2. Lovely post. I like that daisies or weeds. Beautiful. I was wondering and hoping you would be interested in sharing your story to include as part of my mental health campaign to increase awareness and end stigma. I would really like to read your story and know it would be a fabulous addition to my feature. Here is a link that explains it – https://myloudbipolarwhispers.com/2018/05/01/i-need-you-please-help-me-with-my-new-project-our-story-is-our-glory/  You don’t have to participate, if you are not comfortable or too busy etc. No pressure and no rush. Your story can be one you wrote before or as long or short as you would like. Thank you and have a fabulous day. Much love and hugs, Sue

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  3. I know, patience, right?! That was the hardest! I wanted it to be fast (er) and I wanted the process to be linear. Neither of was those were true for me. I had to learn over and over to trust the process. Hang in there! Sending hugs 🙂

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  4. Thanks for sharing this! I am at the point of needing to know about the black spots in my past, but also trying to be patient with the process of getting there. Bleh 😀

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  5. Pingback: REBLOG by Alexis Rose: Whether it’s Daisy’s or Weeds it’s Still Your Life | NOT MY SECRET…the journey towards healing from abuse

  6. This post got me thinking. Forgive me if I just blather here for a second. There’s nothing wrong with remembering our past, but often trauma will give us falsehoods instead of truths to believe about it and ourselves. It’s the unbeneficial things that we attribute to the past and ourselves that are harmful.

    I remember trying to forget the past when I was younger. Then I accepted it because that is what has made me who I am today. I’m actually better off for it, even stronger than most. But the key was simply trading in the lies that I used to tell myself about all those awful incidents and about myself as a person and replacing them with truth.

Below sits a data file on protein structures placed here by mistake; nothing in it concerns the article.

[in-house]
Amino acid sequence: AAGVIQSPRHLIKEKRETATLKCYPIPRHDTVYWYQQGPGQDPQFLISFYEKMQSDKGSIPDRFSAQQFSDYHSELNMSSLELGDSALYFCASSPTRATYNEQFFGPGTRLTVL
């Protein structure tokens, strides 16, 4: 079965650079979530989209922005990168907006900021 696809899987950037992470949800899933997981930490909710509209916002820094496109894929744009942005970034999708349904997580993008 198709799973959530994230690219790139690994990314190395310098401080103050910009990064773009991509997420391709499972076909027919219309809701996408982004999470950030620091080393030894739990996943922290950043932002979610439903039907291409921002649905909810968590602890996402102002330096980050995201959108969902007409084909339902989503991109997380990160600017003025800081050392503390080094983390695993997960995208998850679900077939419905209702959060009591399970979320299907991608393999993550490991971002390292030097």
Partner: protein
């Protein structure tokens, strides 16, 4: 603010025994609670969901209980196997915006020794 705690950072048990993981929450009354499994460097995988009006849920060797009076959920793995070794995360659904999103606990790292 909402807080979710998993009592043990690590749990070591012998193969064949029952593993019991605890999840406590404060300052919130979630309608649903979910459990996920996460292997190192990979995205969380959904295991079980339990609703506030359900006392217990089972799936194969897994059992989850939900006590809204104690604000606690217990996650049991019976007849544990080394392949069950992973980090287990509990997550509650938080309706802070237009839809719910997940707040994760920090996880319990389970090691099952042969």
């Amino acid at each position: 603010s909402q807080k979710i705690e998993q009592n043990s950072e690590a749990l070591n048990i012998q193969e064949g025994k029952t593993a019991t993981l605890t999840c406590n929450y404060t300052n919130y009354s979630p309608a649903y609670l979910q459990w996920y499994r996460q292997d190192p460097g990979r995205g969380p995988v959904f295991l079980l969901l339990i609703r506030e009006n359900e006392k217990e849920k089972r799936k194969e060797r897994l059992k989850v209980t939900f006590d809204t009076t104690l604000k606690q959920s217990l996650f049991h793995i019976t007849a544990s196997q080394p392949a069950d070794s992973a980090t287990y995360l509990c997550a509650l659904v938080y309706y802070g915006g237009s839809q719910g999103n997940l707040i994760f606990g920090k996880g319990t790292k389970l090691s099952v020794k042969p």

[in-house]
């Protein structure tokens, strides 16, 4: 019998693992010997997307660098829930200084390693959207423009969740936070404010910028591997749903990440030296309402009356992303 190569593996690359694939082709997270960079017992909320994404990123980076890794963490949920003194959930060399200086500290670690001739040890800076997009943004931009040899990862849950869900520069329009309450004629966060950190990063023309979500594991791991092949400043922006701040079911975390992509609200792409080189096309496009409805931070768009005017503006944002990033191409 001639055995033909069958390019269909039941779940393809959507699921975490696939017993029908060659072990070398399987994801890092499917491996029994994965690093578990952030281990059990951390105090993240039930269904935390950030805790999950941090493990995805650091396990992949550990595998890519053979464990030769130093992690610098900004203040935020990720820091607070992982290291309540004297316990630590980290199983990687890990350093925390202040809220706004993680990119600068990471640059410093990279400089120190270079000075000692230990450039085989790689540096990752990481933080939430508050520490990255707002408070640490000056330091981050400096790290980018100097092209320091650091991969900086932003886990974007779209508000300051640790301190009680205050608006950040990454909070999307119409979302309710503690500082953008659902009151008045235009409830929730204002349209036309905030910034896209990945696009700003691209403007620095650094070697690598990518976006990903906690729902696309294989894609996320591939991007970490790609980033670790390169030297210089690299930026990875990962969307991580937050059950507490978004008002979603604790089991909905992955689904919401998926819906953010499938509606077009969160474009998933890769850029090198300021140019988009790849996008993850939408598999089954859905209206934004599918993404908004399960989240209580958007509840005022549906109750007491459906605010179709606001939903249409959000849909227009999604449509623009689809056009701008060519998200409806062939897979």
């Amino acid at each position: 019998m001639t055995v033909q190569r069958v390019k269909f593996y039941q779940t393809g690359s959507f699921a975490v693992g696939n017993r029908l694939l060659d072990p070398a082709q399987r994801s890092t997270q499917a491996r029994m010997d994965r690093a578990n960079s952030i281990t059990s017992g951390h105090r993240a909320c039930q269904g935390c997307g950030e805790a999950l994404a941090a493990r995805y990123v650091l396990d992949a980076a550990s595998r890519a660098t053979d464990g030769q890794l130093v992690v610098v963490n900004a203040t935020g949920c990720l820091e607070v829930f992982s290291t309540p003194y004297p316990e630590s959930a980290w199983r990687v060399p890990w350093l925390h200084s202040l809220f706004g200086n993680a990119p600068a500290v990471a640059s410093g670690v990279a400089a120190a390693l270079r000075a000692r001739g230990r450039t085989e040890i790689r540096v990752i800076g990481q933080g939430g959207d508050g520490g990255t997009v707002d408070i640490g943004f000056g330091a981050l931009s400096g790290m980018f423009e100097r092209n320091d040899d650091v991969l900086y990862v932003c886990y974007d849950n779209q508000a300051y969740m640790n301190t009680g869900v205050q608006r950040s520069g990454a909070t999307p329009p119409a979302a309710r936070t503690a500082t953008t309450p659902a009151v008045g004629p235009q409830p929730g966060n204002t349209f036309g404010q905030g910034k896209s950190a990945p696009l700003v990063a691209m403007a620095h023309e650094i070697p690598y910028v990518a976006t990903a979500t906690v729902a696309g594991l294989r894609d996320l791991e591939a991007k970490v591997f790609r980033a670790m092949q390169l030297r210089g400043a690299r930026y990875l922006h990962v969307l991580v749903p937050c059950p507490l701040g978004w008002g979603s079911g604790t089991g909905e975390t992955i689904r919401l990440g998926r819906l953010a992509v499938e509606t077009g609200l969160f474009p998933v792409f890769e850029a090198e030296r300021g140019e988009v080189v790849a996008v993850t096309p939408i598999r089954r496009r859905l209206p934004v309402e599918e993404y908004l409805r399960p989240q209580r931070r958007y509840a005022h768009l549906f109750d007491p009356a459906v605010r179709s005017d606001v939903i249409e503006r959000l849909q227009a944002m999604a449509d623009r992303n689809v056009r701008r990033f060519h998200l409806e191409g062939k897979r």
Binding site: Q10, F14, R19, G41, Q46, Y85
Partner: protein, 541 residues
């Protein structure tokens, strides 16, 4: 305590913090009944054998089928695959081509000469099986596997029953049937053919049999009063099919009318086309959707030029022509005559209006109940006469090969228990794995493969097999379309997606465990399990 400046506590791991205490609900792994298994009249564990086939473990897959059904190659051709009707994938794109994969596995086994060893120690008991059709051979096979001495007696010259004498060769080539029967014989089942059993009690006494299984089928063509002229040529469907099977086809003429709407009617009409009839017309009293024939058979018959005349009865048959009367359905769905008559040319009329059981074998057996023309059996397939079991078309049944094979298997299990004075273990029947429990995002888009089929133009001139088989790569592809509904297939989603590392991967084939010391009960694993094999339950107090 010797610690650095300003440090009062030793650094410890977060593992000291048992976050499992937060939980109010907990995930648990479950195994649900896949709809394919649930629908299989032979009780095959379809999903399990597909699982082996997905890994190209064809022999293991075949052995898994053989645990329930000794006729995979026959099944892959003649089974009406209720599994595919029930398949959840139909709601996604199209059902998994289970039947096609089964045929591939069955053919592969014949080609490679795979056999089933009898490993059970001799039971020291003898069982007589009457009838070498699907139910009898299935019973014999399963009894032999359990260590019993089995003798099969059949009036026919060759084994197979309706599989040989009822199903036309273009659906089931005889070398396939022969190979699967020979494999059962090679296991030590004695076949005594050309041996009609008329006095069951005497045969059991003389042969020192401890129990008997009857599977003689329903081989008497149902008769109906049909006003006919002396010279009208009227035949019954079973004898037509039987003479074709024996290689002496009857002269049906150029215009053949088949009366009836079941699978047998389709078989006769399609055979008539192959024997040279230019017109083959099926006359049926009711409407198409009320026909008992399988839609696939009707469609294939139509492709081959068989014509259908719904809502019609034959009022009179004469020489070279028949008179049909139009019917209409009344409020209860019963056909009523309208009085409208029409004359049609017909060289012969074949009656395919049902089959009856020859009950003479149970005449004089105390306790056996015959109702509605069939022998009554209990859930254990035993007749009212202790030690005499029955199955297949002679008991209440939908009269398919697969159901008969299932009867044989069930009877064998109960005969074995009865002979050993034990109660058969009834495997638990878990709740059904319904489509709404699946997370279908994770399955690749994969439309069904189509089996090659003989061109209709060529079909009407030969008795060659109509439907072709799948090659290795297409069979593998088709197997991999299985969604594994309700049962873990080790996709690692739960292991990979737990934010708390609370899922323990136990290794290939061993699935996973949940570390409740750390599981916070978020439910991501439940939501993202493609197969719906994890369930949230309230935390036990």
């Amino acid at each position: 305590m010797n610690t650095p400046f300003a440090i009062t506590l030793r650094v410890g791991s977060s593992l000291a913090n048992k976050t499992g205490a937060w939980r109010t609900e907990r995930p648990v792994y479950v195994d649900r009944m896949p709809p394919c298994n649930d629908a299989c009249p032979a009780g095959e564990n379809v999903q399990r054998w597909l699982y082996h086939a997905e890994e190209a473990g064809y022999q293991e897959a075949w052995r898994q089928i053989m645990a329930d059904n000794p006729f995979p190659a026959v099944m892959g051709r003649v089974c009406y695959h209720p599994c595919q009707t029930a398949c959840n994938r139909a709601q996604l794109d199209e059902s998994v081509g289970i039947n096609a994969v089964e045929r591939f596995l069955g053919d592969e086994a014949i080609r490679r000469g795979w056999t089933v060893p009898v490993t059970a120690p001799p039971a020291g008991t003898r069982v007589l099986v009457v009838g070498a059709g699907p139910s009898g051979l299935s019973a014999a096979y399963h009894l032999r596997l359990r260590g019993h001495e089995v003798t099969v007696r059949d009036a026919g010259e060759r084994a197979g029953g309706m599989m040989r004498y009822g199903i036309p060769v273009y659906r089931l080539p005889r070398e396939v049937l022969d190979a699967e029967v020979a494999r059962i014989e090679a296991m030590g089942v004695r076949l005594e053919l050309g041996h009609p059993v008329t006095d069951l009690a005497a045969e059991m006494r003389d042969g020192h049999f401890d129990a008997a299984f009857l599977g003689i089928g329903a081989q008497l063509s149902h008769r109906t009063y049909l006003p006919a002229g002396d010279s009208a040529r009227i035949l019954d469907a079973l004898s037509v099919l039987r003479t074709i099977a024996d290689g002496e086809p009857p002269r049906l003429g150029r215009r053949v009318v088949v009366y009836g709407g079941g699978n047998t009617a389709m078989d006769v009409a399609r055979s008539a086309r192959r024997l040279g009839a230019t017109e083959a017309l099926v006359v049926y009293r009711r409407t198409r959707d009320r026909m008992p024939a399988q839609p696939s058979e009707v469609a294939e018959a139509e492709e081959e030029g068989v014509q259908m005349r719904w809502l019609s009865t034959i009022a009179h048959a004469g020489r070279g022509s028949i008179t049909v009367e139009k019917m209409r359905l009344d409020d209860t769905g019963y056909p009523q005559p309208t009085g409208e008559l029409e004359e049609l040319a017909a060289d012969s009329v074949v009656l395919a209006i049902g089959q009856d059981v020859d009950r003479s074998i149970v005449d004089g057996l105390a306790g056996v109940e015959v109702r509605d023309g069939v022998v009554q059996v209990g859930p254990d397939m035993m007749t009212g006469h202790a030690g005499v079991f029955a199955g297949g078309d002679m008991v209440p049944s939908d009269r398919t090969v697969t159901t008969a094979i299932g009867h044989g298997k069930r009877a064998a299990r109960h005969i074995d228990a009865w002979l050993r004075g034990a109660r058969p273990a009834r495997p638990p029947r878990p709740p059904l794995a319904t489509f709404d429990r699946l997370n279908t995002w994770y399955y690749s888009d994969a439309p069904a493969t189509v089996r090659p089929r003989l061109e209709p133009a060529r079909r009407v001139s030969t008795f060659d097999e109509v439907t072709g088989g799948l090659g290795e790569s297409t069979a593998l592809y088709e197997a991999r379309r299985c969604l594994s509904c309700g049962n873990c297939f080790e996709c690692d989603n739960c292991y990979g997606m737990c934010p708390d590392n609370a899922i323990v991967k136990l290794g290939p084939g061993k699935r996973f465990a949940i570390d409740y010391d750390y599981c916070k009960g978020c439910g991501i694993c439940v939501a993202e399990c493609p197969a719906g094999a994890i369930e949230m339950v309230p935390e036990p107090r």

Truth is, an awful past approached in a truthful present makes us stronger.

    Liked by 2 people

  7. Wow! Thank you for such kind, encouraging words! Your blogs touch me deeply as well. It’s scary, sharing my words and thoughts with others. I hesitate every time before I push the publish button. All I can do is speak my truth and share what I have learned along the way. Thanks for sharing your experience and wisdom!

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  8. Thank You!! I was just on my reader and saw you reblogged this. I cant even begin to tell you how your words touch me. You are working tirelessly not only to heal yourself, but to share with others. You are one remarkable person!! ❤️

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  9. Your words deeply resonate with me.I have years of my life hidden in the shadows, with only a few memories coming to the surface. I remember the most traumatic experiences in vivid detail, but many of the more mundane events are for some reason out of reach.I choose to not live in the past, but I know that my past made me who I am today. Revisiting my past helps me cherish the life I have now. It puts things in perspective. I’ve found that in order to deal with my PTSD issues, I need to understand and accept their source. Thanks for sharing this. I am reblogging it for my readers, as I think many people will relate to your words and the wisdom of them.

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  10. Oh wow, thats huge news and very stressful. I will be sending good love and support all month, the day you have to testify and then after its over. I hope whatever it is, there is justice and some resolution after going to court. 💞

    Liked by 1 person

  11. Great post! I was notified Friday that the cause of my PTSD will be in Federal Court next month and I will be testifying. I think I’ll probably go back to therapy for the next few months just to make sure I don’t do a full meltdown.

    Liked by 2 people